I prefer to think of it as a strength.

Wednesday, 27 June 2012

Profusion of Lego

Sometimes you have to admire the way that people can have fun in science.  It seems that the staff of Scientific American have been following the progress of construction of the ITER tokamak and that they are more-or-less prototyping the assembly of the machine . . . in Lego bricks.

ITER - the way forward as envisaged in lego bricks

Read on about it at this link.

Meanwhile, Europe's flagship machine, which is still the largest and most successful tokamak in the world - state of the art but 30 years old - has already been depicted in Lego.  Or at least a relatively realistic version of the JET control room has been built, with nice pictures of the inside of the machine while a pulse is running.

JET Control Room in Lego - by Fernanda Rimini (source here)

I wouldn't like to speculate about which member of staff is represented by Darth Vader.  I think I ought to keep those thoughts to myself!

Small and surprising note:  Did you know that 'Lego' is a name constructed out of the Danish expression leg godt, meaning 'play well'?


Tuesday, 26 June 2012

The softest down imaginable

It is said (by Sam Harris, in his Letter to a Christian Nation which I wrote about recently) that former leader of North Korea, Kim Il Sung was very demanding about his sleeping arrangements.  He required that his bed should be at exactly 500m above sea level (which must have made him sea-sick if there is much of a tide in N Korea) and that his mattresses be filled with 'the softest down imaginable'.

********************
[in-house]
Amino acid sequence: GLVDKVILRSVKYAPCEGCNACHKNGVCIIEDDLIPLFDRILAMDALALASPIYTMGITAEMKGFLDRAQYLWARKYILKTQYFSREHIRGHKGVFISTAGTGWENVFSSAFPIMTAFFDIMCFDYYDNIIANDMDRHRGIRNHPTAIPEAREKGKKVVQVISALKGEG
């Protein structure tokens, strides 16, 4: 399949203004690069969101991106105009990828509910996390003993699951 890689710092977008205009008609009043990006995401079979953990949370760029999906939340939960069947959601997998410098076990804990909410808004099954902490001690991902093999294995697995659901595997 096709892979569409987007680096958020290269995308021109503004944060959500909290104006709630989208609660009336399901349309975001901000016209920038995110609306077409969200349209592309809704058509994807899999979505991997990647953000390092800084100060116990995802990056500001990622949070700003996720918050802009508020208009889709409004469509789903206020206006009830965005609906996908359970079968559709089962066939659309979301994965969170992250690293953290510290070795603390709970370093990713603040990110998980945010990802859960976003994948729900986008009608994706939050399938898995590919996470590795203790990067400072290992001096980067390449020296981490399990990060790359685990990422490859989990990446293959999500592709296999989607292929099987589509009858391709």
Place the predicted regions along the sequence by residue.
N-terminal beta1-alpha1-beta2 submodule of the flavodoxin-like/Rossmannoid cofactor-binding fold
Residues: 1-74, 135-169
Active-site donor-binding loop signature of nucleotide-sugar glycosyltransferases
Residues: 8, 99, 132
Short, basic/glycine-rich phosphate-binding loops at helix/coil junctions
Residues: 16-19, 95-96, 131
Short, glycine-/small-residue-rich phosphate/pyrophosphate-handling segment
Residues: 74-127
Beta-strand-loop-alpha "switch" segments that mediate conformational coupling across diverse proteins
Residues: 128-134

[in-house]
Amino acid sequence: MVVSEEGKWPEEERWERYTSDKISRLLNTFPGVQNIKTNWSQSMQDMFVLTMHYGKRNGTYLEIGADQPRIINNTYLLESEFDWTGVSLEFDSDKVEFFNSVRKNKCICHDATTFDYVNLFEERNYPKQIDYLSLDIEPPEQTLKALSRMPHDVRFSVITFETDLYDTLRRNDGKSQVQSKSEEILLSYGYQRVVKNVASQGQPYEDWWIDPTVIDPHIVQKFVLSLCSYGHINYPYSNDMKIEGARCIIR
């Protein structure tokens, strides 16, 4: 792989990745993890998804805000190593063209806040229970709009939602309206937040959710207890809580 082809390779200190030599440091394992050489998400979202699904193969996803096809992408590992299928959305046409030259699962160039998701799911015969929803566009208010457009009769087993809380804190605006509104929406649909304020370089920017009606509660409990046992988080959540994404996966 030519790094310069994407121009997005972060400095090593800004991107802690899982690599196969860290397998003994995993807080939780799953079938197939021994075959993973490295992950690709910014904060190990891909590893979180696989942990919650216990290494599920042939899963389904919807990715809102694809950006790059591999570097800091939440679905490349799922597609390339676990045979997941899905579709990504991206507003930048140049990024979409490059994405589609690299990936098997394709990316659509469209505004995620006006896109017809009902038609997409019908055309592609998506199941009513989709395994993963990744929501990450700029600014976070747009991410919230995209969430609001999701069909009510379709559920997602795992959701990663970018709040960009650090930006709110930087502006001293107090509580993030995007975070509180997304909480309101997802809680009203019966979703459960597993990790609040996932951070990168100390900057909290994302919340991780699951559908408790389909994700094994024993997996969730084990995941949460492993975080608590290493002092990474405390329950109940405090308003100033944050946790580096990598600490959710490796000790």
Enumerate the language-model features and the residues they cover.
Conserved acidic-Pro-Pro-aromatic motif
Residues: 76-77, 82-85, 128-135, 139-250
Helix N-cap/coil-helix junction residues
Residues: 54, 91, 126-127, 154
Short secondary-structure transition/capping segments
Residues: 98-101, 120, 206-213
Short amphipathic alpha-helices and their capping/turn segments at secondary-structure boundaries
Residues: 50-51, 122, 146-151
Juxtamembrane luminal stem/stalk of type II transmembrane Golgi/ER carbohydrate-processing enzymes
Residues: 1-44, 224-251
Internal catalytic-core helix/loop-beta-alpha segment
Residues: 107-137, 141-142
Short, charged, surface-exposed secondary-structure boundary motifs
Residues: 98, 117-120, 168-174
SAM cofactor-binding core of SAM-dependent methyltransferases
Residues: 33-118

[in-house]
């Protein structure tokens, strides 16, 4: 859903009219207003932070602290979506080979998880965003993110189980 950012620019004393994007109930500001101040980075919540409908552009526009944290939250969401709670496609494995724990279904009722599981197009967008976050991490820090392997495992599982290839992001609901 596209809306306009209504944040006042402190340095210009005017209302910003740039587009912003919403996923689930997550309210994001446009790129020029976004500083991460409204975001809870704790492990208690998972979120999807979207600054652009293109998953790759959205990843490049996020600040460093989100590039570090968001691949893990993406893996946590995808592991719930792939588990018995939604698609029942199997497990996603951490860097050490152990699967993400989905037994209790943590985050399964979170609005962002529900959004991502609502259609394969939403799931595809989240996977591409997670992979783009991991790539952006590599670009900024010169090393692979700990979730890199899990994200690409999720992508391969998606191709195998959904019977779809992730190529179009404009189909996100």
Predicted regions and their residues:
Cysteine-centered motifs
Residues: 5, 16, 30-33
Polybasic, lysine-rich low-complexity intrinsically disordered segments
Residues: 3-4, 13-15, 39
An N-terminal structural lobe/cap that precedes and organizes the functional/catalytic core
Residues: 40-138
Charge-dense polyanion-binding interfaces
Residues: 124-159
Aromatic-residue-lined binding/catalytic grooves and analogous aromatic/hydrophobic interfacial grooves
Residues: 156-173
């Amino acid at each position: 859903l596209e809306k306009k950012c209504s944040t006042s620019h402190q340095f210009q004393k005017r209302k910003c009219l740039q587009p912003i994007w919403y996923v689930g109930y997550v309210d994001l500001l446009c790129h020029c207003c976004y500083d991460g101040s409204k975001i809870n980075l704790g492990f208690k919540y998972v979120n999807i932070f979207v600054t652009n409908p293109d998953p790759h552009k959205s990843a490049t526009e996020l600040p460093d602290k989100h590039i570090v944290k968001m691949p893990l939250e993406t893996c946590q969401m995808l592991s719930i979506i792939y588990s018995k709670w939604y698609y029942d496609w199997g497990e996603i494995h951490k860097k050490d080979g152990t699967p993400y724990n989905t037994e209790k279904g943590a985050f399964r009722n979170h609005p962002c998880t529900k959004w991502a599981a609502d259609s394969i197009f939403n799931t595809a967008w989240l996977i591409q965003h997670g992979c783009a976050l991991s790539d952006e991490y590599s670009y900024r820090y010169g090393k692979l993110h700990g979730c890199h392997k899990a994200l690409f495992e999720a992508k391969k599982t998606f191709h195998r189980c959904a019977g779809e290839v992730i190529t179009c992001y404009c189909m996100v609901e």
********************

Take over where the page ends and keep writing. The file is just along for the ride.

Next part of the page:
Kim Il Sung liked a soft bed made of down
from the throats of sparrows.  (Image from here)
Apparently the 'softest down imaginable' comes from the throat of a sparrow.

To fill each mattress, the down of 700,000 sparrows is needed.  Since he had several residences, it would be surprising if the population of sparrows in the country was not somewhat affected.

As Harris goes on to say:

Tyrants who orchestrate genocides, or who happily preside over the starvation of their own people, also tend to be profoundly idiosyncratic men, not champions of reason.

Monday, 25 June 2012

Apologist makes most of the common mistakes